Living Streets Alliance is pleased to announce that we’ve been selected as a finalist in the Play Everywhere Challenge, a $1 million national competition that will award outside-the-box ideas to make play easy, available, and fun for kids and families in cities across the U.S. The Challenge is hosted by KaBOOM!, a national organization dedicated to bringing balanced and active play into the daily lives of all children, particularly those growing up in poverty in America.
In working closely with Pueblo Gardens Elementary, a Safe Routes to School Tucson (SRTS) focus school, the proposed project put forth by LSA is to create an interactive, fun corridor along Menor Stravenue which connects families to Pueblo Gardens Elementary school, the Boys and Girls Club, and Pueblo Gardens park. The project is based on recommendations in the school’s Safe Routes to School Travel Plan, completed earlier this year by Toole Design Group, city of Tucson engineers, the SRTS Tucson team, and Pueblo Gardens’ students and families. In order to address traffic safety concerns and to increase visibility of children walking and biking to school, the project incorporates low-cost treatments like painted intersections, curb extensions, and enhanced playful crosswalks which provide visual cues for motorists to slow down. The “Playful Gardens Footpath” fills the route to school with painted sidewalk games and play stations made from re-purposed materials which invite movement and interaction that will make the normal walk to school, wondrous and unique.
At the heart of this project is creating a quality public space with and for the people of the neighborhood. The project proposal includes engaging the school youth as art leaders and interviewing long-time residents to inspire the asphalt artwork reflecting the history of Pueblo Gardens. A Fall Festival Block Party would launch the project with tree planting and community art. Seth Aleshire, the principal at Pueblo Gardens Elementary School and a Safe Routes to School champion is excited at the potential of creating a beautiful space that students traverse every day, “We have no buses bringing students in from other communities and our students must navigate our surrounding streets daily…If this grant is funded, it will be a community service project that not only seeks to keep our students safe but will bring the children and families together to be a part of the revitalization that this historical, hardworking, and incredibly resilient neighborhood has earned.”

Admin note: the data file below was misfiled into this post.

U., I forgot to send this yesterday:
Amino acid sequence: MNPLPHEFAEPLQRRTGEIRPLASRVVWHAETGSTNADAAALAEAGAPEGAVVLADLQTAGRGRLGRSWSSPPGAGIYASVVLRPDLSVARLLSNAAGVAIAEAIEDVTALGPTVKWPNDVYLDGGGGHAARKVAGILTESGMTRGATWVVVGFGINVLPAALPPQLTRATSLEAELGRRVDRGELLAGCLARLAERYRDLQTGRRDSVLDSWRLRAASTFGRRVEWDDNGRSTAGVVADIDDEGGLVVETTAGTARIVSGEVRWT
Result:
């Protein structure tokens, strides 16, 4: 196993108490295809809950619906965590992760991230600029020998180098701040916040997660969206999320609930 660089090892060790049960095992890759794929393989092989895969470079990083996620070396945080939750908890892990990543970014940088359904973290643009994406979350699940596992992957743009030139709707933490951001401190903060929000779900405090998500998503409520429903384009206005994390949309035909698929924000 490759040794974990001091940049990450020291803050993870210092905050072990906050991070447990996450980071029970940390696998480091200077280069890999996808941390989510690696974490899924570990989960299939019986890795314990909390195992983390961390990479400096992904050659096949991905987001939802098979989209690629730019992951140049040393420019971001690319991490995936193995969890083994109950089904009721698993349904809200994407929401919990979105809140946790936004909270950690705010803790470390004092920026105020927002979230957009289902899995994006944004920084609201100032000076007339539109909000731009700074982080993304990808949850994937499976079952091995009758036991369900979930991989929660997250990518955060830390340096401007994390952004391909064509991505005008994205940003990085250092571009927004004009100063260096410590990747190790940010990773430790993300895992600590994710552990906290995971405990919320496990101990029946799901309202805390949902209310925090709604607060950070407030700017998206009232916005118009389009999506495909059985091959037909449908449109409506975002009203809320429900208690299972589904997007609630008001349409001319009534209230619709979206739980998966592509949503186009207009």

KaBOOM! will announce the grant winners at end of August and if chosen, this project will be completed by December 2016. We want to give our appreciation to the supporters of this project, including Ward 5 Councilmen Richard Fimbres, Trees for Tucson, the University of Arizona’s Prevention Research Center, and the Community Food Bank of Southern Arizona.
Rendering by Gabby Jehle